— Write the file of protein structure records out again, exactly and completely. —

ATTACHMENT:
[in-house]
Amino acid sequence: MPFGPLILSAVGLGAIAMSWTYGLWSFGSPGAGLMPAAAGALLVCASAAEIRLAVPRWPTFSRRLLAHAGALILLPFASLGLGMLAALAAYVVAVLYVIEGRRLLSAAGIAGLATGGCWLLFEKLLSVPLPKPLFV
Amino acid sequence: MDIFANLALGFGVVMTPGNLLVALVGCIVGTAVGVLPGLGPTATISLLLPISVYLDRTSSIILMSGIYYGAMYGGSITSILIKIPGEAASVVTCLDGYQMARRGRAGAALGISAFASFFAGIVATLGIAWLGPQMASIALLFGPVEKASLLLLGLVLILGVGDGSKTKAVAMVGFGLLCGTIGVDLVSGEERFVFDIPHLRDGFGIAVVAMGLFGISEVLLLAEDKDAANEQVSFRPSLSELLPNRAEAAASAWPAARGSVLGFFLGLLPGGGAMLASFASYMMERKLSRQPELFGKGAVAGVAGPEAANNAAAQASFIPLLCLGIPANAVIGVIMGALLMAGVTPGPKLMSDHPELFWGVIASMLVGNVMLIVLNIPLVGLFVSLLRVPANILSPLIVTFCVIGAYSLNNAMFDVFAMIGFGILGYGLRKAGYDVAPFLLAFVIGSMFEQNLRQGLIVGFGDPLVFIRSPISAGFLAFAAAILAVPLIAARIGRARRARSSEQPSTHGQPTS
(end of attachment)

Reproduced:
[in-house]
Amino acid sequence: MPFGPLILSAVGLGAIAMSWTYGLWSFGSPGAGLMPAAAGALLVCASAAEIRLAVPRWPTFSRRLLAHAGALILLPFASLGLGMLAALAAYVVAVLYVIEGRRLLSAAGIAGLATGGCWLLFEKLLSVPLPKPLFV
Amino acid sequence: MDIFANLALGFGVVMTPGNLLVALVGCIVGTAVGVLPGLGPTATISLLLPISVYLDRTSSIILMSGIYYGAMYGGSITSILIKIPGEAASVVTCLDGYQMARRGRAGAALGISAFASFFAGIVATLGIAWLGPQMASIALLFGPVEKASLLLLGLVLILGVGDGSKTKAVAMVGFGLLCGTIGVDLVSGEERFVFDIPHLRDGFGIAVVAMGLFGISEVLLLAEDKDAANEQVSFRPSLSELLPNRAEAAASAWPAARGSVLGFFLGLLPGGGAMLASFASYMMERKLSRQPELFGKGAVAGVAGPEAANNAAAQASFIPLLCLGIPANAVIGVIMGALLMAGVTPGPKLMSDHPELFWGVIASMLVGNVMLIVLNIPLVGLFVSLLRVPANILSPLIVTFCVIGAYSLNNAMFDVFAMIGFGILGYGLRKAGYDVAPFLLAFVIGSMFEQNLRQGLIVGFGDPLVFIRSPISAGFLAFAAAILAVPLIAARIGRARRARSSEQPSTHGQPTS